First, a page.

2.) About those high taxes and regulations- the regulations are a necessary side effect to complexity – I don’t know why no one gets this. Removing regulations is no net benefit unless complexity is reduced – see Deepwater Horizon and Fukushima for some examples. Add to that many of these regulations have been put in place by industry itself to strangle cometition and enforce monopoly.

3.) As for taxes, of course taxes should go up as the cost of things go up. Government has to buy stuff and pay for things just like the rest of us, and just like the rest of us, they must pay more and more. Yet we know that taxes on the wealthy and corporations are the lowest they’ve been in the postwar period, so this point seems invalid. Note that this dismantling of the commons is a net economic loss. Schools get worse, fires rage without firemen, bridges collapse, public health suffers, diseases spread, all while the rich build bigger mansions, buy multimillion-dollar paintings and ten-thousand-dollar trash cans, fly in private jets, and purchase entire islands. The secession of the rich is a drag on the economy much more than taxes. Even the Heritage Foundation has declared taxes on the rich and businesses to be at historic lows. On a related note:

4.) I’m glad to see he’s even bringing up inequality as both a drag on growth and as a refutation of past growth. Growth for whom? Noah Smith cheerfully thinks this trend could reverse. Come on now, who are we kidding? Wealth concentration is a self-reinforcing feedback loop; it has been in every society until collapse, and the only people who could reverse it are completely captured. Saying it could reverse is like saying the Late Roman Empire could put it all back together and retain its former glory ca. A.D. 400. Not. Going. To. Happen.

5.) More education hasn’t really delivered the supposed benefits - education quality has just been dumbed down to the level of the average person entering it - hence a Bachelor’s degree as the new high school, a  Masters as the new Bachelors etc. Even today most jobs do not require a post-secondary education, and in the past businesses actually trained their employees. Now students must go into debt for little more than a “work chit” - a sign that you can even get a job at all. Higher education in the U.S. is increasingly an international bazaar for elites that most Americans are priced out of.

The end result is simply to funnel money into the pockets of big education while creating little benefit to society at large and depressing discretionary spending. Let’s bury this “more education” meme soon, mmmkay? People ain’t getting any smarter. As one commentator put it:
... If the public, economists, and politicians recognized these realities they'd all quit deluding themselves that the economic problems we face are tied to too few Americans having college degrees. Believing that putting more Americans through college is the solution to our economic problems has resulted in the US Government now helping to create a higher education ponzi scheme to rest upon all the other American ponzi schemes. Every year the per capita rate of Americans with college degrees increases-if that were the key to economic prosperity then there would have never been a near financial collapse in 2008.
6.) Debt is essentially an artificial creation, so it's ridiculous to say that it's an impediment to growth. It could be repudiated in a debt jubilee as economists such as Steve Keen have called for. If growth were truly the motivation (rather than looting by elites), this is what would be done. It's not in the same category.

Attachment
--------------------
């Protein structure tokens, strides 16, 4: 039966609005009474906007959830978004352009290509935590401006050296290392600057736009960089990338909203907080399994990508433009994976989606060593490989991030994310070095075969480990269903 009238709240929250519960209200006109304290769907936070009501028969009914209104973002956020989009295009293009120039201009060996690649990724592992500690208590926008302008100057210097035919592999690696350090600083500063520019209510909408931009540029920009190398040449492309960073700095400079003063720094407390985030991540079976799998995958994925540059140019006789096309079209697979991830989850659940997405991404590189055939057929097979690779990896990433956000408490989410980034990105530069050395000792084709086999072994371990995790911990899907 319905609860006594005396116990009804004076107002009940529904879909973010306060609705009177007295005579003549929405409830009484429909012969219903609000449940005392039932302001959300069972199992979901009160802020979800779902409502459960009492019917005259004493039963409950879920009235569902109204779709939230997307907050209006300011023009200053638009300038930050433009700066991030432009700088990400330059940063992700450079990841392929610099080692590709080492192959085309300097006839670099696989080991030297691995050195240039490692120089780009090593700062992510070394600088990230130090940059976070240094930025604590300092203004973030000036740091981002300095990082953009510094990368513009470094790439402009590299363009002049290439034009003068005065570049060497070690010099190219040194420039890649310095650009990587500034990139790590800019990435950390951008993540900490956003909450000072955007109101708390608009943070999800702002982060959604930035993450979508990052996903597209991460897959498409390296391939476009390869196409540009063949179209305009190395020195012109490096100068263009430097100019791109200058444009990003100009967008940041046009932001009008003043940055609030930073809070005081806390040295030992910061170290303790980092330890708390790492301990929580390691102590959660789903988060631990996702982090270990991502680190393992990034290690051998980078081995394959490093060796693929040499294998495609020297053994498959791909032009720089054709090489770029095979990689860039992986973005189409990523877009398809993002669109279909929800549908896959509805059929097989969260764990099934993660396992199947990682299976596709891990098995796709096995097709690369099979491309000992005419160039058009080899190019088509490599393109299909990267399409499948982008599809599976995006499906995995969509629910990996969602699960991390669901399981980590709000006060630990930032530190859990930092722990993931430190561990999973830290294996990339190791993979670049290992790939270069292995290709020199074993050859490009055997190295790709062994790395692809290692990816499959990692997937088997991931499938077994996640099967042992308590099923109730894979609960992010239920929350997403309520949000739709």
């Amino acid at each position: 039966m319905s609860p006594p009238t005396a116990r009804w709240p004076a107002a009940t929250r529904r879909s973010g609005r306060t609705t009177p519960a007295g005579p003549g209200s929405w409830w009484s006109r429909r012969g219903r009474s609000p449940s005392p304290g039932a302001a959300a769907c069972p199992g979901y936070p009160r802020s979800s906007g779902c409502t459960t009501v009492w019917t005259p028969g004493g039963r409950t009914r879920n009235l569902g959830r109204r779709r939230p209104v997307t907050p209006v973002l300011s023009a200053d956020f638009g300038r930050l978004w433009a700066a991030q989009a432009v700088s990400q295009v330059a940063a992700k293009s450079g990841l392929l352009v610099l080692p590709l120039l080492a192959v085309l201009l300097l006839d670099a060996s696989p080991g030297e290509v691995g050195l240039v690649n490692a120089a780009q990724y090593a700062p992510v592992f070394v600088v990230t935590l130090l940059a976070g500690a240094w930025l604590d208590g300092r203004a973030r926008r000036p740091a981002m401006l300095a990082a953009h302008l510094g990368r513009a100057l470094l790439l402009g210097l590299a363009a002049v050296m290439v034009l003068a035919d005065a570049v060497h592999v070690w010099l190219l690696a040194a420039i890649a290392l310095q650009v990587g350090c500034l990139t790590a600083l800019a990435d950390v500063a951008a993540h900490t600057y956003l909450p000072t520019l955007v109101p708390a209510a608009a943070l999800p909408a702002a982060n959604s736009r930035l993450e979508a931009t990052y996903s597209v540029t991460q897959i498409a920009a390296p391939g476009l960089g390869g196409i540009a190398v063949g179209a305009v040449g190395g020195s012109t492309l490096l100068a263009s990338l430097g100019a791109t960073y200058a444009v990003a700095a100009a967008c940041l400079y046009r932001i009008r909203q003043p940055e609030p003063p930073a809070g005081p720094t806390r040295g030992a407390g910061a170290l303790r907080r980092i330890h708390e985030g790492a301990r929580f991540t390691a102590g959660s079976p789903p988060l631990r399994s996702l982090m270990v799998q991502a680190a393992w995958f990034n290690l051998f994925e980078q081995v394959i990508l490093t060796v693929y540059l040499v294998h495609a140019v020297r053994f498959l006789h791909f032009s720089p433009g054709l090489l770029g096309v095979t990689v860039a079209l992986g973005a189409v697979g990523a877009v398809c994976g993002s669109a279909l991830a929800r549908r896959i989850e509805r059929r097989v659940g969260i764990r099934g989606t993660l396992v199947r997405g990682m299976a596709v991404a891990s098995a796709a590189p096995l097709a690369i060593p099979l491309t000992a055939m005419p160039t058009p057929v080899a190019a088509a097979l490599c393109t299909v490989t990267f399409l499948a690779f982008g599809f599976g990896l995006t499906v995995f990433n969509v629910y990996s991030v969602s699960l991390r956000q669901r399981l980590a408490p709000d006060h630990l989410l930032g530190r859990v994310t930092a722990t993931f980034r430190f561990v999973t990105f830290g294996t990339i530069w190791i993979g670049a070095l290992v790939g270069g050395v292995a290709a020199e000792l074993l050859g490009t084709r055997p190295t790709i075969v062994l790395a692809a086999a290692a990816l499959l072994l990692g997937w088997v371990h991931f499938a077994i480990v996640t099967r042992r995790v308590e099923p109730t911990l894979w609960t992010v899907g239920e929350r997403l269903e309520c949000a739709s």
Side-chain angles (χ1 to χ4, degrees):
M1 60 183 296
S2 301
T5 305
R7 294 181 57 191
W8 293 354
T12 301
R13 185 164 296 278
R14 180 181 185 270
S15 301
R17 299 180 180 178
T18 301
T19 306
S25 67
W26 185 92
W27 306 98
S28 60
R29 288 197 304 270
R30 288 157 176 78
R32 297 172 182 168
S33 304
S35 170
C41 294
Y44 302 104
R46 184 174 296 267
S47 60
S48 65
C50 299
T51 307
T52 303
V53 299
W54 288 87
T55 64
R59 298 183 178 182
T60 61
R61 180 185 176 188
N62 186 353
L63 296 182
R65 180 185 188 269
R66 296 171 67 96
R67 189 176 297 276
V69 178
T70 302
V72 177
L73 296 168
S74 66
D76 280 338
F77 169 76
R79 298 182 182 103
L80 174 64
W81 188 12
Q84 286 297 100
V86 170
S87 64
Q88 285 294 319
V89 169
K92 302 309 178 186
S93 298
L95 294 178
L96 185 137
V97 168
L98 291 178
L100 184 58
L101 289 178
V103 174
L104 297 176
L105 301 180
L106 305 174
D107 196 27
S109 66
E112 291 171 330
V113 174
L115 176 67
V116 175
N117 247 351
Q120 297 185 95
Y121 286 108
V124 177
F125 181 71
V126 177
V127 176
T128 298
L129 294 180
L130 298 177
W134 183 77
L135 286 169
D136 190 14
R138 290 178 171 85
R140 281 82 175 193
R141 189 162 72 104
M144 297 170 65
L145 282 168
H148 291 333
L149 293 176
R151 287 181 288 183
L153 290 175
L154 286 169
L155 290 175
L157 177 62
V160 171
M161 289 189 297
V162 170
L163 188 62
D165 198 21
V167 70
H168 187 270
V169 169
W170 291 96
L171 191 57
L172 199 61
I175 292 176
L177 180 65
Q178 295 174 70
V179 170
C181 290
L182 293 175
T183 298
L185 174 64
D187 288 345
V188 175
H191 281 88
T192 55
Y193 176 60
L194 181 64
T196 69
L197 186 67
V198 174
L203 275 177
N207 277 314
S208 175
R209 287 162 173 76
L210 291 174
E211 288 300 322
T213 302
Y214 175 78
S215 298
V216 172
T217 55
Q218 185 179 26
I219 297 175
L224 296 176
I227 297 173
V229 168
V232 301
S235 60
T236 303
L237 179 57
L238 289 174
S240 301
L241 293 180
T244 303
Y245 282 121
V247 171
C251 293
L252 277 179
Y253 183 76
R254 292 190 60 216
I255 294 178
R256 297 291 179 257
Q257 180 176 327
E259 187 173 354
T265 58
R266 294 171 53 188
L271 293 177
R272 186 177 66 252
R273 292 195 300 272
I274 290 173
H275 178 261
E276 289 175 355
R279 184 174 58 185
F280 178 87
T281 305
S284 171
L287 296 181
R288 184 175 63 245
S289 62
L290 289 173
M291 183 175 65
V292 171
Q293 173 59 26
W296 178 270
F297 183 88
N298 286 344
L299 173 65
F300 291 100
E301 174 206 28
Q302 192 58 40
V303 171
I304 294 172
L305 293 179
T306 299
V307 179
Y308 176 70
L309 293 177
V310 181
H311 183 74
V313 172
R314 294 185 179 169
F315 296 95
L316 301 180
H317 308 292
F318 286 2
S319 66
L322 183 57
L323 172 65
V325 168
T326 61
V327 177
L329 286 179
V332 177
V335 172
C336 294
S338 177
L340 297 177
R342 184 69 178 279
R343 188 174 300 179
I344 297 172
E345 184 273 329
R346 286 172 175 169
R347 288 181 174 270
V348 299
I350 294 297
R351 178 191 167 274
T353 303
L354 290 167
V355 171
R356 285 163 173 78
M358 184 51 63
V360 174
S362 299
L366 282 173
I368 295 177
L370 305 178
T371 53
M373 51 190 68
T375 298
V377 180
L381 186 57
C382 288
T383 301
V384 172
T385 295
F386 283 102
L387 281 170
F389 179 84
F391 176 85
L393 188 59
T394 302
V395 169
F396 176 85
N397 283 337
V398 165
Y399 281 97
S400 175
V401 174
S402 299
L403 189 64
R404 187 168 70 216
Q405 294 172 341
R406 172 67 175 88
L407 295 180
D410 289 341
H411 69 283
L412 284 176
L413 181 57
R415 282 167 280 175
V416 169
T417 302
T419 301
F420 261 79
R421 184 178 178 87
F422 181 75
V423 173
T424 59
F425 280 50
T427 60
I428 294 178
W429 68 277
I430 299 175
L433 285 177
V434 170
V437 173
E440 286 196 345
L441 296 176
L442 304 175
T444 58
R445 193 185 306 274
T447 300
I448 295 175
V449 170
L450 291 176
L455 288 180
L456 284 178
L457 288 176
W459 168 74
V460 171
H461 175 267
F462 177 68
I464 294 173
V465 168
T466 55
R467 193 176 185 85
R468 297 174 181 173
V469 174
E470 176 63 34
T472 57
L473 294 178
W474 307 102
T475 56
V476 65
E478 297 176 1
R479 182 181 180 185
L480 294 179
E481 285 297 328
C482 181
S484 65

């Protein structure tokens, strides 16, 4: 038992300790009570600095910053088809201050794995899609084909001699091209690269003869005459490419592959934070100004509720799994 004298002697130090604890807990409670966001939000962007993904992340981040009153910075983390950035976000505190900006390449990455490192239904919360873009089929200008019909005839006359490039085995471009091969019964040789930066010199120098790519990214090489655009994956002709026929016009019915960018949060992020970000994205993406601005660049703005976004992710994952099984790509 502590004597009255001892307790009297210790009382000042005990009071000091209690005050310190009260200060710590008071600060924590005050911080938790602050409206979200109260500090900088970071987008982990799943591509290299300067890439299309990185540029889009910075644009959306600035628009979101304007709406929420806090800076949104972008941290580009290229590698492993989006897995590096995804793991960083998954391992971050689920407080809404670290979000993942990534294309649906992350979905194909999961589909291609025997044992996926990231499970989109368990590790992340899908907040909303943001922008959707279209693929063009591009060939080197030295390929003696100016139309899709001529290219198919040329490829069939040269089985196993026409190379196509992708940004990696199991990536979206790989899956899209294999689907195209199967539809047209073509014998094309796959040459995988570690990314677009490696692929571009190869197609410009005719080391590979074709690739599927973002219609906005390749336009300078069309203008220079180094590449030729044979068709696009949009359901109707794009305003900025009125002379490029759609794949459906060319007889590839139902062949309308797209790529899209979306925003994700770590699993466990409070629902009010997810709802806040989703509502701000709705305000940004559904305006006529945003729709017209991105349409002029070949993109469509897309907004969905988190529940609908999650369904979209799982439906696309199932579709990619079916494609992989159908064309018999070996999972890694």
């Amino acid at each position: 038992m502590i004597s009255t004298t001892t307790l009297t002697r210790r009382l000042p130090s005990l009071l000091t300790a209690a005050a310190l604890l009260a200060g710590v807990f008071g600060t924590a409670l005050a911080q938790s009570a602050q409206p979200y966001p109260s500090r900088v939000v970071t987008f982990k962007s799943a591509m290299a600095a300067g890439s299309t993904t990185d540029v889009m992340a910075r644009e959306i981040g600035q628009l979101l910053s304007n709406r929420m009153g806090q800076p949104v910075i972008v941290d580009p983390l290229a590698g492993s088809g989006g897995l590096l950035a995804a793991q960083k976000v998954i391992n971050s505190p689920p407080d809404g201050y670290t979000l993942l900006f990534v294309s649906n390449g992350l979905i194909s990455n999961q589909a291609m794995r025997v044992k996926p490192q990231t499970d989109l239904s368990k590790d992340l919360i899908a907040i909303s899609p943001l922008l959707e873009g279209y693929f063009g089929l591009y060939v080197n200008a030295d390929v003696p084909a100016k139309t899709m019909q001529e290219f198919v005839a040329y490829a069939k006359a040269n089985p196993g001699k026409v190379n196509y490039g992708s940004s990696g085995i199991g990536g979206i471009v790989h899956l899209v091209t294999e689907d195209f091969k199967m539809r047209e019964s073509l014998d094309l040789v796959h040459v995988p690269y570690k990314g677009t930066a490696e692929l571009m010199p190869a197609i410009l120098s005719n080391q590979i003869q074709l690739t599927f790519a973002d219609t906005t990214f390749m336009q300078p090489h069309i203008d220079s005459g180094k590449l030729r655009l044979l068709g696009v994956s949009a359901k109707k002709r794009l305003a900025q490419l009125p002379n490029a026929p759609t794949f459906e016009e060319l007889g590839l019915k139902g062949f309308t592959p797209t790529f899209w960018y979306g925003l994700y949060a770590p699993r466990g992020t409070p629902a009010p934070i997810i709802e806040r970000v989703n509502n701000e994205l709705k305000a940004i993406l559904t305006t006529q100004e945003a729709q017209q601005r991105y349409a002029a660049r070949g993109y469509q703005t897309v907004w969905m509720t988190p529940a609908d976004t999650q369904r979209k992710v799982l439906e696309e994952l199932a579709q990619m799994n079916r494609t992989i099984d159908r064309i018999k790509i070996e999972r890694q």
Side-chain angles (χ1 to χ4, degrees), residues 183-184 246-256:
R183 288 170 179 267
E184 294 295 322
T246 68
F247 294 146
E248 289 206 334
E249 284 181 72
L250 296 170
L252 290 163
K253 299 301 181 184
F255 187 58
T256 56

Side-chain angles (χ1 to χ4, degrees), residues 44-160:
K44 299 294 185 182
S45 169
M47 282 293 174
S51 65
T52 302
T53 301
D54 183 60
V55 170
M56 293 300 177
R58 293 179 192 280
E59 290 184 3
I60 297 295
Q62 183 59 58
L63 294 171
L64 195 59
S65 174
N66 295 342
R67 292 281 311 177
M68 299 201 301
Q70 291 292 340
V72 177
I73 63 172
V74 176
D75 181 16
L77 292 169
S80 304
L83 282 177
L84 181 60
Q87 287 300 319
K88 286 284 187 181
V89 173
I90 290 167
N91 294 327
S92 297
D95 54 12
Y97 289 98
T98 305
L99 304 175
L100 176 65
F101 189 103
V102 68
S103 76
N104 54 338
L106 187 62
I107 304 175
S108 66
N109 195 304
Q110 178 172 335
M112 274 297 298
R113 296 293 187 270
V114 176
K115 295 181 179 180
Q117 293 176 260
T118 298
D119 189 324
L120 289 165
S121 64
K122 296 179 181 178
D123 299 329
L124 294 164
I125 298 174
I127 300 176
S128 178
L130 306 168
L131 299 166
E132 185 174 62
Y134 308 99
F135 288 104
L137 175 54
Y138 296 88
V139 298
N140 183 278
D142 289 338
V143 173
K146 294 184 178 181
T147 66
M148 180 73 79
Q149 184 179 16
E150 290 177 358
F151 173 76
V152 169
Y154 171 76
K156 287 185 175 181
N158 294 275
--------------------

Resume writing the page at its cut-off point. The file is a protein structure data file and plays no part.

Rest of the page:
7.) The usual suspects of biotech and robotics are dragged out as exhibits for innovation, but biotech has miniscule employment possibilities, and as documented here ad nauseum, automation will destroy, not create, jobs for most people.

And as a concluding thought, I’m kinda like, “is that all you got?” I can think of a number of other reasons that growth is not going to happen just off the top of my head, even without mentioning Peak Everything:

1.) We’ve monetized just about everything in sight. Just about everything is a "professional service": taking care of children, taking care of the elderly, working out, cooking food, dog grooming, etc. For economists this is great – doing stuff yourself generates no monetary exchange, but paying others to do it because you’re too damn busy increases the size of the economy. But do we really benefit? How many more things can we monetize – we can’t pay others to take a dump for us, after all. See the clothesline paradox.

2.) Each new technology is causing as many problems as it solves at an ever more rapid pace. Take GMO crops, for example. These are creating resistant superweeds and pests, depleting the soil, etc. Or hydraulic fracturing, which is destroying and polluting some valuable resources even as it makes others available. New “products" by the food industry are paid for elsewhere by rising costs of obesity, diabetes, and lost productivity. The actual net benefit to society of new products and innovations is lower and lower (if not already negative, as Daly and others have pointed out).

3.) Climate change is already causing and will continue to cause massive destruction to the global economy, dampening future growth. Crops are dying, roads are buckling, bridges are being washed out, rivers are drying up, capital stock is ruined, supply chains are disrupted, new diseases are emerging, and entire nations are slowly sinking underwater, thinks to climate weirdness. This is not science fiction; this is happening right now.

4.) Despite assurances that there is no such thing as a “lump of labor,” massive unemployment stalks the world, with no end in sight. There are already more advanced degree holders around the world than there are jobs for them.